The 51-year-old’s supporters believe the latest charges were further retaliation for her activism and have attacked the two-year-and-eight-month sentence as illegal, unfair and inhumane given her deteriorating health. She normally relies on a wheelchair but lay on a bed and used an oxygen machine during her trial.

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Saudi Arabia – human rights abuses in the name of fighting terrorism

August 30, 2011
Saudi special forces outside the hotel where the Counter Terrorism International Conference. Riyadh, February 2005.

Saudi special forces outside the hotel where the Counter Terrorism International Conference. Riyadh, February 2005.

© AP/PA Photo/Hasan Jamali

Amnesty International, 22 July 2009

We were afraid that something bad might have happened to him, that he might have been tortured. We called the prison but they would respond: “Be patient, the investigation is not finished.” I cried: “Let me just hear my husband’s voice”. His disappearance was so sudden…me and my family kept asking ourselves: why is it happening?

Wife of Khalil ‘Abdul Rahman ‘Abdul Karim al-Janahi who was arrested at Riyadh airport in April 2007.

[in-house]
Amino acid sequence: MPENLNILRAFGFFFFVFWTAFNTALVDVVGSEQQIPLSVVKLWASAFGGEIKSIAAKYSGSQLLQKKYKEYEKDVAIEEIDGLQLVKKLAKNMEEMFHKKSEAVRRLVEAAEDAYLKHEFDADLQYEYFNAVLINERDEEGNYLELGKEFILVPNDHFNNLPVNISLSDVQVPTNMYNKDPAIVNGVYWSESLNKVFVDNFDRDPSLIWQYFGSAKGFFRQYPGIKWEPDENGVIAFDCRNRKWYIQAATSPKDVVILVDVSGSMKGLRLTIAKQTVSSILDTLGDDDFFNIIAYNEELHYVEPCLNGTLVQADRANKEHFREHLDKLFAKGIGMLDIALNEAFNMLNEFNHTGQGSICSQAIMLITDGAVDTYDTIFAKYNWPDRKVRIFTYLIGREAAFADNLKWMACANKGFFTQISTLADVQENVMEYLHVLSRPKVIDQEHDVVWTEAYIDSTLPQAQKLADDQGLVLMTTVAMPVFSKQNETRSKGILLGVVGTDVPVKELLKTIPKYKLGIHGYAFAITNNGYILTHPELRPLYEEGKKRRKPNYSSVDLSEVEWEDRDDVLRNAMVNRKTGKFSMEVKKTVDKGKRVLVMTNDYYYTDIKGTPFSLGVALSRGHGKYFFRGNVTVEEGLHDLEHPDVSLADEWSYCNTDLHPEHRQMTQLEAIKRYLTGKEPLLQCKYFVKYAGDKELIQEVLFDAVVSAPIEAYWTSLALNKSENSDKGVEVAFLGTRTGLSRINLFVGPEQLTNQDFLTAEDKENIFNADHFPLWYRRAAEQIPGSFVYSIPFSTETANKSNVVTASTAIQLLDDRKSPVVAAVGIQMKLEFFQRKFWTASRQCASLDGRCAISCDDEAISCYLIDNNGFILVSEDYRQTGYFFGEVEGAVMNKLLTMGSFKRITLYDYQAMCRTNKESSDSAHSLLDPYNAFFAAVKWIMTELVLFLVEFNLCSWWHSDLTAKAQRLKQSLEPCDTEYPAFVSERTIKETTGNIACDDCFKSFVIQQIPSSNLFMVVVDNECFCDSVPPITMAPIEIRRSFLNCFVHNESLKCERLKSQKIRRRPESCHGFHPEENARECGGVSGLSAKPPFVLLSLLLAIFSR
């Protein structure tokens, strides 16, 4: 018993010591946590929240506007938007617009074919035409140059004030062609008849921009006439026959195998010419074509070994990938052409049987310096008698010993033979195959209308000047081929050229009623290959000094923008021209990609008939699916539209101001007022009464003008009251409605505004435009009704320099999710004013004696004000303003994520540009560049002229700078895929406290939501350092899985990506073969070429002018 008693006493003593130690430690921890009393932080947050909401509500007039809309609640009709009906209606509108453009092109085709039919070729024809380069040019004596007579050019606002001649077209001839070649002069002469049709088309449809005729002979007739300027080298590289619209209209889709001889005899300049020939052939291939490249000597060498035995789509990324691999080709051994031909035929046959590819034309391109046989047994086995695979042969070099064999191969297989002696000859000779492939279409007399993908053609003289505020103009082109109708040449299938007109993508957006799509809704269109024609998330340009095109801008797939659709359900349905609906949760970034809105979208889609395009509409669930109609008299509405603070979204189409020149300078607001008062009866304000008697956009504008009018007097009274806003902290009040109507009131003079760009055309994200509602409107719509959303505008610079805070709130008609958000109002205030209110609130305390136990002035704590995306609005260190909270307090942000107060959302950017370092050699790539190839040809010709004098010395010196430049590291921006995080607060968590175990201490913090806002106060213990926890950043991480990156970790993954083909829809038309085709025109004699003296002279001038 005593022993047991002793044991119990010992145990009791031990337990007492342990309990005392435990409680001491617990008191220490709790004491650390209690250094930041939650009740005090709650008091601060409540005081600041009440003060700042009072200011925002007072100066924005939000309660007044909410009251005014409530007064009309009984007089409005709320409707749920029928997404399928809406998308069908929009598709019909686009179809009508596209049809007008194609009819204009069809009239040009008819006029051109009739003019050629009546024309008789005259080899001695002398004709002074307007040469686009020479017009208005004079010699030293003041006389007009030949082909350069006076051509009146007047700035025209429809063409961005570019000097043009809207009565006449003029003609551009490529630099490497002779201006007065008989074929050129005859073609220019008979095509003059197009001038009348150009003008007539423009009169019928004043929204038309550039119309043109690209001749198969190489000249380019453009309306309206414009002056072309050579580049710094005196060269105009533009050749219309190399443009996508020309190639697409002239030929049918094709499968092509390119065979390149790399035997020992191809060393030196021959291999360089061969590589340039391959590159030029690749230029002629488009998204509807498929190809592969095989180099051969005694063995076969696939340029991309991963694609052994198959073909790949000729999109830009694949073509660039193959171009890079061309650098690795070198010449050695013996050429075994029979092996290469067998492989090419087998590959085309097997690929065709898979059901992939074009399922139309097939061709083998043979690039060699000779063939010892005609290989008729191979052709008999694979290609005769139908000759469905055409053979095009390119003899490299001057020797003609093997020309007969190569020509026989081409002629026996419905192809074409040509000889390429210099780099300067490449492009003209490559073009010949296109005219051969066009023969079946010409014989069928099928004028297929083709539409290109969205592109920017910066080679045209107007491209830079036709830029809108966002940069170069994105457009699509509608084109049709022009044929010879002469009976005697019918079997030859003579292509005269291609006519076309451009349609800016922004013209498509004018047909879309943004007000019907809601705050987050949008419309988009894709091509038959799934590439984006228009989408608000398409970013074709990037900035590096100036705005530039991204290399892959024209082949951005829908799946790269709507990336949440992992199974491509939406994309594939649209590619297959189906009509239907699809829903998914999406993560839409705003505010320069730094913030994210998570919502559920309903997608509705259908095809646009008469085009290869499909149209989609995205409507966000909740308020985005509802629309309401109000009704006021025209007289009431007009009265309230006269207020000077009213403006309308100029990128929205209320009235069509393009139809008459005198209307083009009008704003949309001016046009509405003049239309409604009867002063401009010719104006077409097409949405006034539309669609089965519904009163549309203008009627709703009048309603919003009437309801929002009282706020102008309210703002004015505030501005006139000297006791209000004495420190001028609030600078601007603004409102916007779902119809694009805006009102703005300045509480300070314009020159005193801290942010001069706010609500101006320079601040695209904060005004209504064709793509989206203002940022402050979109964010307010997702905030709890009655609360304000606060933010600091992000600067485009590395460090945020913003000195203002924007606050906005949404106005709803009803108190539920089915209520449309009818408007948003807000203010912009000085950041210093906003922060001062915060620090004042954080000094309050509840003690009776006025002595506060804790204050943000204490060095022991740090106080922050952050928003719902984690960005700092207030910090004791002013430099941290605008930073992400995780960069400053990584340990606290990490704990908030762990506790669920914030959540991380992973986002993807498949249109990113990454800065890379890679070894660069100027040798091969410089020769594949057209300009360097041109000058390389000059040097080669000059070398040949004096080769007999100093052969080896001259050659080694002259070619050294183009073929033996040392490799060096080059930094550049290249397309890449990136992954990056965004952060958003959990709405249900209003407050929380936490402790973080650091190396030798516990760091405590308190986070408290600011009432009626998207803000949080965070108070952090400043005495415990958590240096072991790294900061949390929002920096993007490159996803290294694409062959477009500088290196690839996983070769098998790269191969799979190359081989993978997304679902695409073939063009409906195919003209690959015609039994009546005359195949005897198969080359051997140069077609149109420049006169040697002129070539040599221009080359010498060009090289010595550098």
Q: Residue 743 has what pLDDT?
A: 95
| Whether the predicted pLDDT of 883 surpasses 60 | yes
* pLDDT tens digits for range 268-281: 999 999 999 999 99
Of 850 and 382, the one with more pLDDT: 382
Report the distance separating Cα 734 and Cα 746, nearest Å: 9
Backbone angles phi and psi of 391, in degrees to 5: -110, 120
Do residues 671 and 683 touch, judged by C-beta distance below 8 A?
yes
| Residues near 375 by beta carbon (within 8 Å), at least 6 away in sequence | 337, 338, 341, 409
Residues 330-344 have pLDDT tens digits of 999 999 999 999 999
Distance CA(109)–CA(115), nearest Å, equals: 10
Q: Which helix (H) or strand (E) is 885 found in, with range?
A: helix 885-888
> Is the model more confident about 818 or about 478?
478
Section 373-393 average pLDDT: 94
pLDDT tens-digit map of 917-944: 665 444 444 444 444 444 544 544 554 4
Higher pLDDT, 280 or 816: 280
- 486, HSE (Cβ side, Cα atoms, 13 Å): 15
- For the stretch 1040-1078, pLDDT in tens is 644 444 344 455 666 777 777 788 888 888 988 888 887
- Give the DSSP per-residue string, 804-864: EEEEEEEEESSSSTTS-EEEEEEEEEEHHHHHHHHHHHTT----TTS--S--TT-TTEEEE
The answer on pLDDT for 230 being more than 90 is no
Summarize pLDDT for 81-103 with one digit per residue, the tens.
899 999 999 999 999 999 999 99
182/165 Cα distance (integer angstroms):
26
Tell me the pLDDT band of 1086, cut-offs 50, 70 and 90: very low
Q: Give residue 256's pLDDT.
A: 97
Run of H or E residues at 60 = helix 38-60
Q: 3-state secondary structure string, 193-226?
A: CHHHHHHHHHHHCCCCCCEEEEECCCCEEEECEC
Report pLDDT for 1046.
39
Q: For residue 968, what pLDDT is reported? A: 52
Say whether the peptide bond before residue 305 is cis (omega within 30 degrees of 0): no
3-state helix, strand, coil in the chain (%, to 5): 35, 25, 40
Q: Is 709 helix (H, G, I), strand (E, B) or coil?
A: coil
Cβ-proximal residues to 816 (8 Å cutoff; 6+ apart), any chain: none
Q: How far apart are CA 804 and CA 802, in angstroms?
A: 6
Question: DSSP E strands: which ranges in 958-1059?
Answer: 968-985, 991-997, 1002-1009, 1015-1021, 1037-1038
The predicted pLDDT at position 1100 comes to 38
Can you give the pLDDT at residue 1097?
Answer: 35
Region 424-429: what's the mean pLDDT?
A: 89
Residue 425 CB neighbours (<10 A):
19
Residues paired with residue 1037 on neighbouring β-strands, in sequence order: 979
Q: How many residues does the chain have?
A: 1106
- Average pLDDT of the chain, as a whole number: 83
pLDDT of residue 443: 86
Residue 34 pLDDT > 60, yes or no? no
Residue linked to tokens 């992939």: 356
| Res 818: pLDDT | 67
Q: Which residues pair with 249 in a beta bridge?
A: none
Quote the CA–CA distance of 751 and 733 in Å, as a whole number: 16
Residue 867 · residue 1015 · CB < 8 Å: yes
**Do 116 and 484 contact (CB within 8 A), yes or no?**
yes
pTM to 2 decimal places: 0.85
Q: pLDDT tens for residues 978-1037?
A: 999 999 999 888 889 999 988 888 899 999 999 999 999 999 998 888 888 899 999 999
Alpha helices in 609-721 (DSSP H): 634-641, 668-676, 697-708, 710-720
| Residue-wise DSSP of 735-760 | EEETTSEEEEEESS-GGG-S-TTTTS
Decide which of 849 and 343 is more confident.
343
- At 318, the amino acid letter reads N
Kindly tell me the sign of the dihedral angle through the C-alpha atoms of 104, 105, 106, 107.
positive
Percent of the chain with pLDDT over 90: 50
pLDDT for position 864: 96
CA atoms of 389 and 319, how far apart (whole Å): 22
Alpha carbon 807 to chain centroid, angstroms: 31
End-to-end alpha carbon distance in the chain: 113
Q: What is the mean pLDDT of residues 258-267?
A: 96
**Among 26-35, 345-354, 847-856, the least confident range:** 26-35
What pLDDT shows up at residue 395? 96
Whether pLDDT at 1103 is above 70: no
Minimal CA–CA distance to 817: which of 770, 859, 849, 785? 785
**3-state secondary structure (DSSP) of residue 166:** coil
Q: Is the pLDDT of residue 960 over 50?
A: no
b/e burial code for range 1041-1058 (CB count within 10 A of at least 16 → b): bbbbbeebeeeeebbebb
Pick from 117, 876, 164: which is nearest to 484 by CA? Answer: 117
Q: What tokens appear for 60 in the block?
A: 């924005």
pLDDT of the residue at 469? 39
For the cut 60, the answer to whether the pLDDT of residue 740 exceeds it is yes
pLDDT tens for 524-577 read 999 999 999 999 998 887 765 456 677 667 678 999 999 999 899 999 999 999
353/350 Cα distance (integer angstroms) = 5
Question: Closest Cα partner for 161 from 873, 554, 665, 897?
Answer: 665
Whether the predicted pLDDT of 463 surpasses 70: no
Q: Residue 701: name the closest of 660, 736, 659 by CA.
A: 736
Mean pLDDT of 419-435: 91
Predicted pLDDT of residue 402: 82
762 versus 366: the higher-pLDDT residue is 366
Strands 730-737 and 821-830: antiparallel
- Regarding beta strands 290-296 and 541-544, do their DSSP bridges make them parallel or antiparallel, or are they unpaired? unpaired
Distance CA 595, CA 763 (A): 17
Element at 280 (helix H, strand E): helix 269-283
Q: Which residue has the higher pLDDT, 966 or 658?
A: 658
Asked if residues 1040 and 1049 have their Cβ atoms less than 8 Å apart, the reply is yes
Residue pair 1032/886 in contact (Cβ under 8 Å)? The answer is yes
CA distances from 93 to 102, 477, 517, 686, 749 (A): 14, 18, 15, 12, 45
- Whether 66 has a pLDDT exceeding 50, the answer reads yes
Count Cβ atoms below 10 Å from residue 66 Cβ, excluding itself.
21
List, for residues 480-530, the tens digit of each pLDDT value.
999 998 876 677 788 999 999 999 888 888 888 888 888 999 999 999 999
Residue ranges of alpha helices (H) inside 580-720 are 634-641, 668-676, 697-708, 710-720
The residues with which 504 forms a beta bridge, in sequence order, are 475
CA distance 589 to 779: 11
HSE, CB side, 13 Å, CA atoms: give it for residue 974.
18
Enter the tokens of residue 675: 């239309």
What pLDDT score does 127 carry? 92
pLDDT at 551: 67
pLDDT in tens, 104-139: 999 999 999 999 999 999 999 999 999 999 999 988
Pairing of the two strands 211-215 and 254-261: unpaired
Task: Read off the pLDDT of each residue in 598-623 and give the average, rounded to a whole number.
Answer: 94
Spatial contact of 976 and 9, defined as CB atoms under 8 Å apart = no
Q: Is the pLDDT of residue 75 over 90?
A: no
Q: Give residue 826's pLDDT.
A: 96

The Saudi Arabian authorities have launched a sustained assault on human rights under the façade of countering terrorism, Amnesty International said in a new report on Wednesday.

Thousands of people have been arrested and detained in virtual secrecy, while others have been killed in uncertain circumstances. Hundreds more people face secret and summary trials and possible execution. Many are reported to have been tortured in order to extract confessions or as punishment after conviction.

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Shame of US Justice

January 12, 2011

By Yvonne Ridley, Foreign Policy Journal, Jan 10, 2011

America’s international standing as a fair and just country does not match its superpower status as the world’s greatest democracy.

When it comes to basic human rights it is there in the gutter alongside some of the world’s most toxic, tinpot dictatorships and authoritarian regimes.

So there’s little surprise that Wikileaks founder Julian Assange fears being extradited to The States where some politicians and Pentagon officials have already called for his execution and Attorney General Eric Holder admits his government may invoke the US Espionage Act.

But it’s not just the persecution and the prosecution Assange should fear, either – the wheels of justice can be agonizingly slow in a process which could take years. And in the case of the Guantanamo detainees there is no end in sight – the majority of them have not been charged but simply forgotten.

Having stepped inside US prisons – both military and civilian – I can tell you there is nothing civilized about the penal institutions in the United States.

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Human Rights Day & U.S. Hypocrisy

December 14, 2010

Defensive America’s Contempt for Full Court, Press

by Nima Shirazi, Foreign Policy Journal, December 14, 2010